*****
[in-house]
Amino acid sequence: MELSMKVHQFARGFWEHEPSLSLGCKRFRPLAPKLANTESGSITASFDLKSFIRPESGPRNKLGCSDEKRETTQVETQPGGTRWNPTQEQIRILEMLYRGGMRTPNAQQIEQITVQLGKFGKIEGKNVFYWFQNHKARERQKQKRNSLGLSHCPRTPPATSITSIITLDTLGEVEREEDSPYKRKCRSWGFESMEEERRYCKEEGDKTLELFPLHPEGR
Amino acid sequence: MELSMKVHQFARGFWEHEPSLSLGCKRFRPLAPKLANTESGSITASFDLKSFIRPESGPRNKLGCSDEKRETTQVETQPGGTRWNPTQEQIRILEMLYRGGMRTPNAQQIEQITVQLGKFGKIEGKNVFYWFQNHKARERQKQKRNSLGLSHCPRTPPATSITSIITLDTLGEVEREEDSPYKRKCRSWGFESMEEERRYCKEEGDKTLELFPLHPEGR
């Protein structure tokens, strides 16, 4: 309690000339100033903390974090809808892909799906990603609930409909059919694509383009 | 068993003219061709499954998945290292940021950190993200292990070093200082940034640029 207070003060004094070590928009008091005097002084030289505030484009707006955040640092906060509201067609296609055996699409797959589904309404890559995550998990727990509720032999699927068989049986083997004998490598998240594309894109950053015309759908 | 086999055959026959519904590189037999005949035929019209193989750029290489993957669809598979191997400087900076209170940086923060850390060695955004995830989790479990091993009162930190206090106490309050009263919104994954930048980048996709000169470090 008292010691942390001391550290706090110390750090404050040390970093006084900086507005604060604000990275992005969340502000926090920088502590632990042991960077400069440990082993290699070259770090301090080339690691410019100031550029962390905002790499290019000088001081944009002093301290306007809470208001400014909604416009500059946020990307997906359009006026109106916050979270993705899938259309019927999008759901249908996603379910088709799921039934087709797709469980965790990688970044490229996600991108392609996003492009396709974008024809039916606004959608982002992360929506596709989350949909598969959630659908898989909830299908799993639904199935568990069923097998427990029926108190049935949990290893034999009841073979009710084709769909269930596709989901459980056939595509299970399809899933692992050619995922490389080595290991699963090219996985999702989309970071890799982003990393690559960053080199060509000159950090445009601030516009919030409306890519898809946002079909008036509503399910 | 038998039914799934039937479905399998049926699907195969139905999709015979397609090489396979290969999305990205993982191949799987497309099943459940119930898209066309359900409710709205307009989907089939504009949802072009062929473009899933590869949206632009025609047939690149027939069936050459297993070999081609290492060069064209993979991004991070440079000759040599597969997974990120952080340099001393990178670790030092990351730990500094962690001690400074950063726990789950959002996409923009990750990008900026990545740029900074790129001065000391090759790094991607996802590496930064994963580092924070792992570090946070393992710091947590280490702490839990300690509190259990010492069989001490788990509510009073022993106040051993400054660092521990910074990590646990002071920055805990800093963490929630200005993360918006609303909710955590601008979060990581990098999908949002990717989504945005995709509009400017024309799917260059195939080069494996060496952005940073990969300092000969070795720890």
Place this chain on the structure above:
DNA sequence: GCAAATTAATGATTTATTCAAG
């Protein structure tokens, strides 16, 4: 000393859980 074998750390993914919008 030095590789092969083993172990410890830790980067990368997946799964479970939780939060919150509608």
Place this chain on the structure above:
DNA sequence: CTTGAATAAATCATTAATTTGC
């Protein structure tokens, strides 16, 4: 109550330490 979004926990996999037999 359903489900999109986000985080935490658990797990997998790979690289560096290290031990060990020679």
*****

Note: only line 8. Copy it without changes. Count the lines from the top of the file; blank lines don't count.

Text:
Place this chain on the structure above: